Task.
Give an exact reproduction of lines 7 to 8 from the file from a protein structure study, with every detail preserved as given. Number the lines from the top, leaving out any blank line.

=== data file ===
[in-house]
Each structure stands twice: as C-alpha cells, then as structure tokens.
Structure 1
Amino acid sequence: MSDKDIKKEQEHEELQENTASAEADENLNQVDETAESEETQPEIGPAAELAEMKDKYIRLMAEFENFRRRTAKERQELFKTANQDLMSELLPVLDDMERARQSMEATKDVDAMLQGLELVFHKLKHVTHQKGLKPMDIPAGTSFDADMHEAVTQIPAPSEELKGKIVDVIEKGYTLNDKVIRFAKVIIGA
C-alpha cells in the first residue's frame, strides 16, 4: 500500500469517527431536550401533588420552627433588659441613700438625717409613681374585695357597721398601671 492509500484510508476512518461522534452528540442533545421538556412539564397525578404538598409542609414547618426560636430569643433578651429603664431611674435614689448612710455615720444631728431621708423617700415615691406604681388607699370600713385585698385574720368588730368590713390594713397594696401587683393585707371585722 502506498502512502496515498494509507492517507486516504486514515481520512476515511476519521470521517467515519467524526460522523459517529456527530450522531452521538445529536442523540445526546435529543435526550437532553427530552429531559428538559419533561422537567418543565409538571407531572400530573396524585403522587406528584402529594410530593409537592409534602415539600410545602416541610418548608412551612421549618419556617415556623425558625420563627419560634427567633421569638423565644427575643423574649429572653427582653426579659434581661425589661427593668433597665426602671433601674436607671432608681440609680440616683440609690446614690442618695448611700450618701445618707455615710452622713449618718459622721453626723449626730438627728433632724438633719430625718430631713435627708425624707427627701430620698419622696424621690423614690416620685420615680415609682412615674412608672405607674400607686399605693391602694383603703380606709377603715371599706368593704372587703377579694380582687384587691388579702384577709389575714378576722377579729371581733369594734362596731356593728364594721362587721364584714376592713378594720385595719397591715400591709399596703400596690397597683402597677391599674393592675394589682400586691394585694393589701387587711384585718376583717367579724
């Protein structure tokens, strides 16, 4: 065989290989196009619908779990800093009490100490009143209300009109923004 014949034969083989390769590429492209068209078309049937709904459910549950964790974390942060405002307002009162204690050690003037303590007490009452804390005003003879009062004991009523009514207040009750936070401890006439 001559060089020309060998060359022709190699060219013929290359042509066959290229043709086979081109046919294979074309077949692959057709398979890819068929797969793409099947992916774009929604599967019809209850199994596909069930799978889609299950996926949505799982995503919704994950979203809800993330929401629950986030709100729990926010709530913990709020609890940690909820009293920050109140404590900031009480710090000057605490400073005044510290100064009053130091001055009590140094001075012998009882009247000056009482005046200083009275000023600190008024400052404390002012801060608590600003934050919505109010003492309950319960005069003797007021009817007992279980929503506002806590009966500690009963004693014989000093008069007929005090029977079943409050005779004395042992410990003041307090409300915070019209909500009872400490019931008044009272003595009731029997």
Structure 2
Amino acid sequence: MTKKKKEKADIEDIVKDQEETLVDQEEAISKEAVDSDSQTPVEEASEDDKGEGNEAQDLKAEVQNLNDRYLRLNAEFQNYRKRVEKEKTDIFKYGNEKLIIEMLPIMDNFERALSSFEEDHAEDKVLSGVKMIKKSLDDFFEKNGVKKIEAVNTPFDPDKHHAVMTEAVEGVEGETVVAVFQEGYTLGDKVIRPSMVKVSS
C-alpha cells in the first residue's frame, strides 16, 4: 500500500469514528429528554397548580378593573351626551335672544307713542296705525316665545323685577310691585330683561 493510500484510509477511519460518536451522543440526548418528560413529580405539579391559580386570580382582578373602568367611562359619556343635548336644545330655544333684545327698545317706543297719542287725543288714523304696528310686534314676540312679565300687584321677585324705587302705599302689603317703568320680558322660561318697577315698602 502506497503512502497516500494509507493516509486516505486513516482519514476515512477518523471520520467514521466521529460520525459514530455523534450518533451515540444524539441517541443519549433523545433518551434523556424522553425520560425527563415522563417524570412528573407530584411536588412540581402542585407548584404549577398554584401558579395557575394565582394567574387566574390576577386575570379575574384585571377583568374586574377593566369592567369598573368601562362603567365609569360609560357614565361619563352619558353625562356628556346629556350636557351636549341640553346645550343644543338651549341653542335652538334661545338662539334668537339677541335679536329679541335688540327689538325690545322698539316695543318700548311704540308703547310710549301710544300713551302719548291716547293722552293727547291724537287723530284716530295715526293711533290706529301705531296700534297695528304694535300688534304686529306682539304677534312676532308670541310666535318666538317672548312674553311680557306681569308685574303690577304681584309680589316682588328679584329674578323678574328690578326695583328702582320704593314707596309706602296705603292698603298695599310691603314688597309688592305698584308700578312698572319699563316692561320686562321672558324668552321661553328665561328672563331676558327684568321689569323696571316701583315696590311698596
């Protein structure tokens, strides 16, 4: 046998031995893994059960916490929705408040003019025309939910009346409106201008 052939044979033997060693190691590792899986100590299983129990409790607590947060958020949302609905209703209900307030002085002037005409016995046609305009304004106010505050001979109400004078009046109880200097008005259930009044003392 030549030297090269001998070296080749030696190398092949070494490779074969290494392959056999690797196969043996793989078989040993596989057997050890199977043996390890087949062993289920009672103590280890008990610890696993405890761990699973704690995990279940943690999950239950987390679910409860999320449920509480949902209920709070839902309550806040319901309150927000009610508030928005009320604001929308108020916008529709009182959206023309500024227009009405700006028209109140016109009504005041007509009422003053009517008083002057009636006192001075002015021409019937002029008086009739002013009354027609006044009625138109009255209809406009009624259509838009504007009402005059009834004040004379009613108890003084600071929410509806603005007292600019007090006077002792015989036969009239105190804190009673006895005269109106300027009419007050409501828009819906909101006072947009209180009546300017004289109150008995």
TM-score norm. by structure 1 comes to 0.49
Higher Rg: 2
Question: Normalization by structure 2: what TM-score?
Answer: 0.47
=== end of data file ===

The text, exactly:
Structure 2
Amino acid sequence: MTKKKKEKADIEDIVKDQEETLVDQEEAISKEAVDSDSQTPVEEASEDDKGEGNEAQDLKAEVQNLNDRYLRLNAEFQNYRKRVEKEKTDIFKYGNEKLIIEMLPIMDNFERALSSFEEDHAEDKVLSGVKMIKKSLDDFFEKNGVKKIEAVNTPFDPDKHHAVMTEAVEGVEGETVVAVFQEGYTLGDKVIRPSMVKVSS